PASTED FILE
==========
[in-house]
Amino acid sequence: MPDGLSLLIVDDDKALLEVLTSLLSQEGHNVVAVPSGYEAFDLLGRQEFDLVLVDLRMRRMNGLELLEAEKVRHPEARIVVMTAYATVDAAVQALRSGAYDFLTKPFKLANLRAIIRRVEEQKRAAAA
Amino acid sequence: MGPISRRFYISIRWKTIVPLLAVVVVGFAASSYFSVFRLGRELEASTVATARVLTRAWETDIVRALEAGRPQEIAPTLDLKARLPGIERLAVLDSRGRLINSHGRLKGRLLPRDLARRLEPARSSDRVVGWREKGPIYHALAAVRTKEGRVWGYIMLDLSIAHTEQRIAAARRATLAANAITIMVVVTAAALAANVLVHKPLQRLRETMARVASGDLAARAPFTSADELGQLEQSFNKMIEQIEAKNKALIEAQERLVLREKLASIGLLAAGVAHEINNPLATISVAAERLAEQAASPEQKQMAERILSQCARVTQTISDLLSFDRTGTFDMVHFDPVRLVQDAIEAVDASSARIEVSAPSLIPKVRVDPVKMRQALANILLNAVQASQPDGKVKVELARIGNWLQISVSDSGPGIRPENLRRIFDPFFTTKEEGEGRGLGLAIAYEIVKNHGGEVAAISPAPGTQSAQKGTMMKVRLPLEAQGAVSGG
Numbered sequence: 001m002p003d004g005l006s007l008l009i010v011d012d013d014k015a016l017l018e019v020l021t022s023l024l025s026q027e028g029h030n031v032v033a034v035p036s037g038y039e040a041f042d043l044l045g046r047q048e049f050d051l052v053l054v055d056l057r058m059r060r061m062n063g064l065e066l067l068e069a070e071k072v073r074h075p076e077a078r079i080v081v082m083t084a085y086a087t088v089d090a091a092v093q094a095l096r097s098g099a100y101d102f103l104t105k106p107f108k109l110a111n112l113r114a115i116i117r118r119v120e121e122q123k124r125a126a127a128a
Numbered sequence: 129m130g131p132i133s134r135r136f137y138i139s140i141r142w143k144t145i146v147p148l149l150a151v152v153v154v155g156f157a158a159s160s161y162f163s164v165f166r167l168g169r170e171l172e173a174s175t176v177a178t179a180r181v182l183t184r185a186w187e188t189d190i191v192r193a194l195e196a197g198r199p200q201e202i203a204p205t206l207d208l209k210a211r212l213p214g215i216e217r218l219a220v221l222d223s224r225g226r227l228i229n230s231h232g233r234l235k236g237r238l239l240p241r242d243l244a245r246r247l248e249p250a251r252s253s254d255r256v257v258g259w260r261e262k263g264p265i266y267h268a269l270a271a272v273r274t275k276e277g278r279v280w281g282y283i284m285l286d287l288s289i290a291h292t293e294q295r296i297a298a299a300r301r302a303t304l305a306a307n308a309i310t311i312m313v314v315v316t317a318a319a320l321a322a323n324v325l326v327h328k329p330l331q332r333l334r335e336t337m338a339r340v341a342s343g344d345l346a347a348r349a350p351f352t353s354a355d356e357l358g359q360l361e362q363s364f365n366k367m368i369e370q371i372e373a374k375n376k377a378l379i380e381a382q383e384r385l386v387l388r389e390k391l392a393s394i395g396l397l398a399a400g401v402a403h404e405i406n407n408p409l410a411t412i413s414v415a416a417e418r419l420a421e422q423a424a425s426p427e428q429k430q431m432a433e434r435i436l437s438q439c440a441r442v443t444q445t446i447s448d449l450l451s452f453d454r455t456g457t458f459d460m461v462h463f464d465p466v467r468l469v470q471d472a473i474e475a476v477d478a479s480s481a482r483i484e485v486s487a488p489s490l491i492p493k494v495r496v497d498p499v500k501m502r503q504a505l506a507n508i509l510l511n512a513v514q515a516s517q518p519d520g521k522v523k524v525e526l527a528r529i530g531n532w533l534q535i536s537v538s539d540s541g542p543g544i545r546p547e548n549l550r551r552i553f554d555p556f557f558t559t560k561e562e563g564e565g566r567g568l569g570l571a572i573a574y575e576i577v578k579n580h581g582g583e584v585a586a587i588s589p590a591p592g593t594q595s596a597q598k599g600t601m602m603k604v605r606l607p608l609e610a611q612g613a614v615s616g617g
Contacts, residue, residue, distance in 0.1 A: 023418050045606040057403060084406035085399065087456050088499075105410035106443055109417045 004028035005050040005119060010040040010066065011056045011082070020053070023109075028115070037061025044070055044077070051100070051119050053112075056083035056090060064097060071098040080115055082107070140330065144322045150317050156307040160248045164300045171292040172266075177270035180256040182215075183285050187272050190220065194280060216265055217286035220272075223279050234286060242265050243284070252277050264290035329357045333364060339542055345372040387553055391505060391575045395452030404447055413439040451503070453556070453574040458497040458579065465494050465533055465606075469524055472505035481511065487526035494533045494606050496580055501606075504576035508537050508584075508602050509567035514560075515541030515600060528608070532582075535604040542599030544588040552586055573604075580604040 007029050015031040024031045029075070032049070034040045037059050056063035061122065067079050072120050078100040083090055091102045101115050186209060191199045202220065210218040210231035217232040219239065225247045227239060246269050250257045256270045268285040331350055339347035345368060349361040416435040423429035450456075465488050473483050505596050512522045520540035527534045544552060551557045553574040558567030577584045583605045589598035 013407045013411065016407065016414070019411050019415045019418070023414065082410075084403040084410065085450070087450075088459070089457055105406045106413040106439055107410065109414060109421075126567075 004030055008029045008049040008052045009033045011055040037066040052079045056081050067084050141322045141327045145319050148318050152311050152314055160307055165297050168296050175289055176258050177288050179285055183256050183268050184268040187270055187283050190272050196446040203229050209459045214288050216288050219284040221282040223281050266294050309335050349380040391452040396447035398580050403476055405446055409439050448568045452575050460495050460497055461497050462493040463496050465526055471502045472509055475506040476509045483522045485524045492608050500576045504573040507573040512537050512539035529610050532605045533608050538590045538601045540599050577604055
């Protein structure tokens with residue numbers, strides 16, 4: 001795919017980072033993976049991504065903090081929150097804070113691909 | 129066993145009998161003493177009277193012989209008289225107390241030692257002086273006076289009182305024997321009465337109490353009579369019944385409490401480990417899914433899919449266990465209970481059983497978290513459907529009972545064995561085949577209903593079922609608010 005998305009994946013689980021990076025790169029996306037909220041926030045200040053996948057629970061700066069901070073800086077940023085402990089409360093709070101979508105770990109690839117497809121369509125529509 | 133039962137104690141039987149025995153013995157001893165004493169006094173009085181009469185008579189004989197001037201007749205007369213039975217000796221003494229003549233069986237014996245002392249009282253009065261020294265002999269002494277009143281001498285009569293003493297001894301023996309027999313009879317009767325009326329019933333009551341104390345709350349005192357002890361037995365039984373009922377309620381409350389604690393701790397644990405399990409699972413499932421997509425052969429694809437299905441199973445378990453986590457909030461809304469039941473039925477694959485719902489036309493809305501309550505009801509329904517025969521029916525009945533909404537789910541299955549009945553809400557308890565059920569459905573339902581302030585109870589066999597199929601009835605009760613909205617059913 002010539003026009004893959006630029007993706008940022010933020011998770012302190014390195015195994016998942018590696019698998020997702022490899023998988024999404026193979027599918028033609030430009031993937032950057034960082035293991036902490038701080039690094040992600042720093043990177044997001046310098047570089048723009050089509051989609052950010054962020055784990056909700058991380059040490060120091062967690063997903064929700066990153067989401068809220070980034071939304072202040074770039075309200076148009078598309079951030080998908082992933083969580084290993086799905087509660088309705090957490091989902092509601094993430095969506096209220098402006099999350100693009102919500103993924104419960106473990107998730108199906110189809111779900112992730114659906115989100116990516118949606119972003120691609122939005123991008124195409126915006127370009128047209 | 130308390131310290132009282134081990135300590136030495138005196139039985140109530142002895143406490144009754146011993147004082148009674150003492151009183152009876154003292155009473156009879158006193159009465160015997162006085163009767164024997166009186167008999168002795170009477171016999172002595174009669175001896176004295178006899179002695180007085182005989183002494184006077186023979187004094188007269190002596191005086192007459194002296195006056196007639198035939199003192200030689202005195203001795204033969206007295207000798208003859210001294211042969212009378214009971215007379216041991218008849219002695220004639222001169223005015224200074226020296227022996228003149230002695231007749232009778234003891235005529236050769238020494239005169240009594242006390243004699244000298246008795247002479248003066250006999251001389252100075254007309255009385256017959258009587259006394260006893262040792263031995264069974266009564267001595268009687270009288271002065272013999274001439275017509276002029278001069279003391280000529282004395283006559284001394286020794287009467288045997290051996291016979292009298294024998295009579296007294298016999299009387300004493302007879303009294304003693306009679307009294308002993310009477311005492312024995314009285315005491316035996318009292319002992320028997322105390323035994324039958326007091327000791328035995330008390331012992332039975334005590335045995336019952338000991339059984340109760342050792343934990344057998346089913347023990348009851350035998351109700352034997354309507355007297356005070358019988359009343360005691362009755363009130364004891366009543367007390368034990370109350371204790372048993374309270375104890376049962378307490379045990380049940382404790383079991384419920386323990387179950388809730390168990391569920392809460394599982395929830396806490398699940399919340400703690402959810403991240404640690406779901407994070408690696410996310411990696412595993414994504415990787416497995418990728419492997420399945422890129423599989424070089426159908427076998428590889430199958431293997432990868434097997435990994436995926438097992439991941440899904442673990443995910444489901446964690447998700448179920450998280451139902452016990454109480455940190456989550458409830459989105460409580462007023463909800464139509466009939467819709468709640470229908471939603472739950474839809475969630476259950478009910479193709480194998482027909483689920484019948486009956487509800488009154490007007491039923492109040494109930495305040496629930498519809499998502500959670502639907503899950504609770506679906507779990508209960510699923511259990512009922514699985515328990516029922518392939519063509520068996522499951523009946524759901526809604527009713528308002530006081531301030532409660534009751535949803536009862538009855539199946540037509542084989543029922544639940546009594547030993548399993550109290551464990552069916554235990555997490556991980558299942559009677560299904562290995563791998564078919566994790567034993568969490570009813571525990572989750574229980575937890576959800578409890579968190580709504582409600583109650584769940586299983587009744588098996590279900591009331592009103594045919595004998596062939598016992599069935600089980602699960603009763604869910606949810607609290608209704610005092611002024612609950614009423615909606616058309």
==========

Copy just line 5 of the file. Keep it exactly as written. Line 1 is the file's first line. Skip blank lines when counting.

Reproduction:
Numbered sequence: 129m130g131p132i133s134r135r136f137y138i139s140i141r142w143k144t145i146v147p148l149l150a151v152v153v154v155g156f157a158a159s160s161y162f163s164v165f166r167l168g169r170e171l172e173a174s175t176v177a178t179a180r181v182l183t184r185a186w187e188t189d190i191v192r193a194l195e196a197g198r199p200q201e202i203a204p205t206l207d208l209k210a211r212l213p214g215i216e217r218l219a220v221l222d223s224r225g226r227l228i229n230s231h232g233r234l235k236g237r238l239l240p241r242d243l244a245r246r247l248e249p250a251r252s253s254d255r256v257v258g259w260r261e262k263g264p265i266y267h268a269l270a271a272v273r274t275k276e277g278r279v280w281g282y283i284m285l286d287l288s289i290a291h292t293e294q295r296i297a298a299a300r301r302a303t304l305a306a307n308a309i310t311i312m313v314v315v316t317a318a319a320l321a322a323n324v325l326v327h328k329p330l331q332r333l334r335e336t337m338a339r340v341a342s343g344d345l346a347a348r349a350p351f352t353s354a355d356e357l358g359q360l361e362q363s364f365n366k367m368i369e370q371i372e373a374k375n376k377a378l379i380e381a382q383e384r385l386v387l388r389e390k391l392a393s394i395g396l397l398a399a400g401v402a403h404e405i406n407n408p409l410a411t412i413s414v415a416a417e418r419l420a421e422q423a424a425s426p427e428q429k430q431m432a433e434r435i436l437s438q439c440a441r442v443t444q445t446i447s448d449l450l451s452f453d454r455t456g457t458f459d460m461v462h463f464d465p466v467r468l469v470q471d472a473i474e475a476v477d478a479s480s481a482r483i484e485v486s487a488p489s490l491i492p493k494v495r496v497d498p499v500k501m502r503q504a505l506a507n508i509l510l511n512a513v514q515a516s517q518p519d520g521k522v523k524v525e526l527a528r529i530g531n532w533l534q535i536s537v538s539d540s541g542p543g544i545r546p547e548n549l550r551r552i553f554d555p556f557f558t559t560k561e562e563g564e565g566r567g568l569g570l571a572i573a574y575e576i577v578k579n580h581g582g583e584v585a586a587i588s589p590a591p592g593t594q595s596a597q598k599g600t601m602m603k604v605r606l607p608l609e610a611q612g613a614v615s616g617g